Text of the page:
As you know from my previous blog entry, it is my opinion that using the cloud (some server out there in cyberspace) for MES data is not a good idea. Here I will explore some of the risks that led me to this conclusion.
My first concern is with the confidentiality of the data. Although certainly the very nature of the internet poses some security risks, I do think that it is largely over stated, particularly by those who want to sell security solutions. Most of us are pretty safe in common transactions. Obviously large or visible organizations are more at risk, but also have tighter security protocols.
However, you may not realize that some content that you create or post “in the Cloud” does not stay confidential. Here is an example of the terms and conditions of a popular Cloud solution:
11.1 You retain copyright and any other rights you already hold in Content which you submit, post or display on or through, the Services. By submitting, posting or displaying the content you give Google a perpetual, irrevocable, worldwide, royalty-free, and non-exclusive license to reproduce, adapt, modify, translate, publish, publicly perform, publicly display and distribute any Content which you submit, post or display on or through, the Services. This license is for the sole purpose of enabling Google to display, distribute and promote the Services and may be revoked for certain Services as defined in the Additional Terms of those Services.1
However, if you have your formulations, production stats, costing, regulatory compliance data, and other very confidential internal information off site on someone else’s server, all it takes is one greedy technical person with a memory stick, and that data can be in your competitor’s hands tomorrow. While I realize that most providers take exceptional security provisions, even the most secure systems can be hacked. Perhaps one could make the argument that data on a secure server is more secure than on one of yours, precisely because the supplier has more security experience. But there is no substitute for locking the server room door, and disconnecting the MES server from the outside world.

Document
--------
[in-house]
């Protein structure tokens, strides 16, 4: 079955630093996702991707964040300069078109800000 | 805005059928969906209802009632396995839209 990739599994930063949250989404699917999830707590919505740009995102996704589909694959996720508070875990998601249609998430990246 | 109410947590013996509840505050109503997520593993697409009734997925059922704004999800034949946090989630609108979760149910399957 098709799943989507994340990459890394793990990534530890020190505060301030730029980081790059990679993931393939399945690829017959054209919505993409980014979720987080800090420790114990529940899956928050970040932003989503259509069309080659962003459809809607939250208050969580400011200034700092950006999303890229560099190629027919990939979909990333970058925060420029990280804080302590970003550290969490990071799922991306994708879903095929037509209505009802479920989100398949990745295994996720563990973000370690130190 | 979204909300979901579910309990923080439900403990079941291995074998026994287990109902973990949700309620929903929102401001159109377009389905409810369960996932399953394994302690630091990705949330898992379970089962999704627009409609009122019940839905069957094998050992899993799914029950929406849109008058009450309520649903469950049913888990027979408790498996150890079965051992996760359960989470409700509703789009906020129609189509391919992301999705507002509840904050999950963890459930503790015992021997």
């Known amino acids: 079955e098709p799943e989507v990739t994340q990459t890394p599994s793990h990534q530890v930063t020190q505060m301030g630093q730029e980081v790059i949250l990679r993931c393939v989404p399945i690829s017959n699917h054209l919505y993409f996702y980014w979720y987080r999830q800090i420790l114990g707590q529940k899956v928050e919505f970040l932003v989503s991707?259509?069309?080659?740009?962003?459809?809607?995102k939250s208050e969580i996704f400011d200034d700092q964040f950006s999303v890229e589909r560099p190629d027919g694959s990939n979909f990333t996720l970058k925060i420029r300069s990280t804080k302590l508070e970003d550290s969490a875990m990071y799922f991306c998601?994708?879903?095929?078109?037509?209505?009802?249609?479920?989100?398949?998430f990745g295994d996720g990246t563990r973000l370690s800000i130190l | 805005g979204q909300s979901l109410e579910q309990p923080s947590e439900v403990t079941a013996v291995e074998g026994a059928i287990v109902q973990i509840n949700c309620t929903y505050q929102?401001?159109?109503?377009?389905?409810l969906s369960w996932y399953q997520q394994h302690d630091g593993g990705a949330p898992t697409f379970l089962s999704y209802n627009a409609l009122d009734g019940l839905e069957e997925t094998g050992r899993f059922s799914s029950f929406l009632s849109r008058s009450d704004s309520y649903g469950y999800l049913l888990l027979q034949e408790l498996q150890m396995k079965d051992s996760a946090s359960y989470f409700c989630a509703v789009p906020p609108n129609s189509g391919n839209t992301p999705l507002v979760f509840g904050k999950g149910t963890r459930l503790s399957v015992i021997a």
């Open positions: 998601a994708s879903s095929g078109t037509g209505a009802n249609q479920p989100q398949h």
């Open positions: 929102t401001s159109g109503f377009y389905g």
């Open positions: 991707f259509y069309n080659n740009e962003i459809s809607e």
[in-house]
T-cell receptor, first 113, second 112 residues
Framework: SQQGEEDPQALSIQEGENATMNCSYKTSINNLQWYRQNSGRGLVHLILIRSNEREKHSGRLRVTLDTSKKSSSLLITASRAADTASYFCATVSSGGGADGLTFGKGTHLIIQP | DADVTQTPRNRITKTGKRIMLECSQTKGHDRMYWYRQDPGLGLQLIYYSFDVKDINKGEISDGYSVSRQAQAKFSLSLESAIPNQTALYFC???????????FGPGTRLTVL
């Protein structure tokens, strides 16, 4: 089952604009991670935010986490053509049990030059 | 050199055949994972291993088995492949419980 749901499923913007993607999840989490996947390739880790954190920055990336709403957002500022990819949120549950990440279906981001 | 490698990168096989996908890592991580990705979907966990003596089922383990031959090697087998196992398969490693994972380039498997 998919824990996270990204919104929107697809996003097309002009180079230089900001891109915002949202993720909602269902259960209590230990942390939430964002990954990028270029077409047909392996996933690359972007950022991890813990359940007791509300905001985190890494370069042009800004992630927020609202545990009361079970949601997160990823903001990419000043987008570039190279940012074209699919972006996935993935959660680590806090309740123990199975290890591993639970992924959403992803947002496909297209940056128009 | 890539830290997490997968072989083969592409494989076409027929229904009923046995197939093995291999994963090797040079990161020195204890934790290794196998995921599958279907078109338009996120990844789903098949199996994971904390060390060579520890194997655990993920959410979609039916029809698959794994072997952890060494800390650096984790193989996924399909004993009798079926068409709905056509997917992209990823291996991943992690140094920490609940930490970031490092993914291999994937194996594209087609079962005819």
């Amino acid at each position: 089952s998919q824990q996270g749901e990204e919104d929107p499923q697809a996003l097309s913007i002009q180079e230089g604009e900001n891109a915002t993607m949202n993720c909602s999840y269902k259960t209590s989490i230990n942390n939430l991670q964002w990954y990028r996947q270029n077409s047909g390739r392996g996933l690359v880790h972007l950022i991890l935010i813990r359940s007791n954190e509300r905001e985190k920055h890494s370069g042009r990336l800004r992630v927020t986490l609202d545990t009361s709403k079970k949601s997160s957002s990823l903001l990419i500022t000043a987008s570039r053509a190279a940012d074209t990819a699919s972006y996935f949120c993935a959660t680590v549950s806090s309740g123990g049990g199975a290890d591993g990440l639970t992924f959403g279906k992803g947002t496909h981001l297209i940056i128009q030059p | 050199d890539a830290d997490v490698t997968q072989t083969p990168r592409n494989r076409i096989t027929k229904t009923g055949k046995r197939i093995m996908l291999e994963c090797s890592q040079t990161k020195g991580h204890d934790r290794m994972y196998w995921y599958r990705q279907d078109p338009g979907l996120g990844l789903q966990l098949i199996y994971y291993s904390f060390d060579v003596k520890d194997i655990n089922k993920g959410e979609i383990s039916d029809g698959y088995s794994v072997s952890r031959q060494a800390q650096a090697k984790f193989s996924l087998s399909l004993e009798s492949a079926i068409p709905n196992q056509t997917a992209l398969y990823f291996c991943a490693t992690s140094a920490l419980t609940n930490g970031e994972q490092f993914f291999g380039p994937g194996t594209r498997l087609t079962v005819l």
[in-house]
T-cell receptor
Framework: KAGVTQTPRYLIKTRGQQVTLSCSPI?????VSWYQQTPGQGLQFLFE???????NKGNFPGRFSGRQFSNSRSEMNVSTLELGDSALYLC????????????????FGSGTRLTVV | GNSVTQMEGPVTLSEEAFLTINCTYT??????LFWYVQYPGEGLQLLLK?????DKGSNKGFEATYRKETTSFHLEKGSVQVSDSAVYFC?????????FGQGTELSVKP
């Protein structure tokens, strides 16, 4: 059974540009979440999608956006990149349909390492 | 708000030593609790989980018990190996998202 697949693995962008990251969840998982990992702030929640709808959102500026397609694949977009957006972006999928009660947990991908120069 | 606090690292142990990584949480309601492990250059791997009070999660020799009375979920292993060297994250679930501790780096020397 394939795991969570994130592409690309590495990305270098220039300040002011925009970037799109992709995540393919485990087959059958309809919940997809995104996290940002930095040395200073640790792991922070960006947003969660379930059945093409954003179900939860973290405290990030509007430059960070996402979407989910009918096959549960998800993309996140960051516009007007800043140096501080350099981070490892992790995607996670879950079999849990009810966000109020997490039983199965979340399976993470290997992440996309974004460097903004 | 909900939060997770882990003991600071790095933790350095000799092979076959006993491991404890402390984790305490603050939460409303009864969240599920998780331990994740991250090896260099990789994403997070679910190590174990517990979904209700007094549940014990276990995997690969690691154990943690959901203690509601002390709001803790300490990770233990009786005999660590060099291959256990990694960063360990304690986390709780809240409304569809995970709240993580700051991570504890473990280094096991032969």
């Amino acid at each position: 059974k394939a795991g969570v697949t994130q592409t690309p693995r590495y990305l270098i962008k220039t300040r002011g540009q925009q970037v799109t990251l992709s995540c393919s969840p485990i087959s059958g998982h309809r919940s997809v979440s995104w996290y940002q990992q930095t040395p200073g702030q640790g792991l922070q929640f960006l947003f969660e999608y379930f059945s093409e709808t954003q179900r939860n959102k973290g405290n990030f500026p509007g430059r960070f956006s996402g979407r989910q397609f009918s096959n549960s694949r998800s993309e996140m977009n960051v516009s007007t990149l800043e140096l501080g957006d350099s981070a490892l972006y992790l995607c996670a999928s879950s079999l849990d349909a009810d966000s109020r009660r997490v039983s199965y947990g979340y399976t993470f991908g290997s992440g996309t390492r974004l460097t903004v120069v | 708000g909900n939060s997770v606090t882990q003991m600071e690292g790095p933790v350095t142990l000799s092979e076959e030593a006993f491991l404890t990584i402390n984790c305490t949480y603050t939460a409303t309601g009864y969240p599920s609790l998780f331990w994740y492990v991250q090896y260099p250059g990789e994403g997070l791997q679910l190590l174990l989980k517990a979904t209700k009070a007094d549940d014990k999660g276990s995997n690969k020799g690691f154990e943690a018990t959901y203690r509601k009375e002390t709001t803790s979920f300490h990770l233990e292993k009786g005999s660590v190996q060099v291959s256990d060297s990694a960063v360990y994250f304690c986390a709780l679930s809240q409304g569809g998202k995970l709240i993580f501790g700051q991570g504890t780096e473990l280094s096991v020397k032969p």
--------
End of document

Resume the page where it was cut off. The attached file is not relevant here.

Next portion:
True that the same greedy individual with a memory stick and access to your server room can do the same damage – but she can do that damage as your trusted employee no matter where your data physically resides.
Secondly, as we all know, once something is on the internet, it is there forever. That picture of you mooning the dean during hell-week may cost you the top job some day. Even if it is removed from the primary server, with the replications, backups etc that are performed on these servers, there is a copy somewhere – maybe it will never surface, maybe it will. But, if it was never there, it cannot surface.
For regulatory data, there is usually a provision that the data must be kept for a period of time (with net contents data it is usually 2 years plus shelf life), after which it can be destroyed. However, if there is additional data in existence, it must be available to regulators in an audit situation. Even if one has nothing to hide, it is usually just good business practice to supply only the information that is required, no more. Who knows what silly oversight may show up in a single datum from 4 years ago that at the very least will cost time and energy to investigate and justify? On your server, you can ensure old data is deleted. Someone else may archive it, or keep old backups, or whatever.
Conversely: data is NOT like money in one way: there is no Deposit Insurance. If you keep your money in a bank, and the bank is robbed, your money may have been stolen, but the bank and insurance company make good by giving you the same amount of money – different bills, but every bit as negotiable. If your data is stolen, corrupted, or erased, and this is done effectively from backups and archives as well, it really is your data that was stolen. No one can give you equivalent data!
But in many ways cloud computing may parallel banking: At one time banks paid reasonable interest for your money (about half the rate they charged for lending it) – now they pay almost nothing and invent new fees every day for each transaction or service. ATMs started as a way for the bank to save money on teller salaries and are now costing consumers up to $3.00 or more so that they can do the teller’s job for the bank! As cloud providers consolidate and become the same kind of oligopoly that the banks are, there will be changes to agreements that will result in charges for anything measureable – per user, per month, per cpu, speed, priority, GB transferred, GB stored, number of transactions, maybe even types of transactions, database access cycles, connect time, cancellation fees or transfer of data to another institution… In the digital age, everything can be measured, and hence charged for.
Unscrupulous, or financially troubled vendors may even hold data for ransom. Or, a bank error in paying your bill may cause the cloud supplier to restrict access to your data until you are paid in full.
I am not saying that data should not be on the cloud. Sharing family photos is a great idea, as are numerous other cloud applications. But storing your mission critical, sensitive, confidential or regulatory data outside of your system is, in my opinion, too big a risk.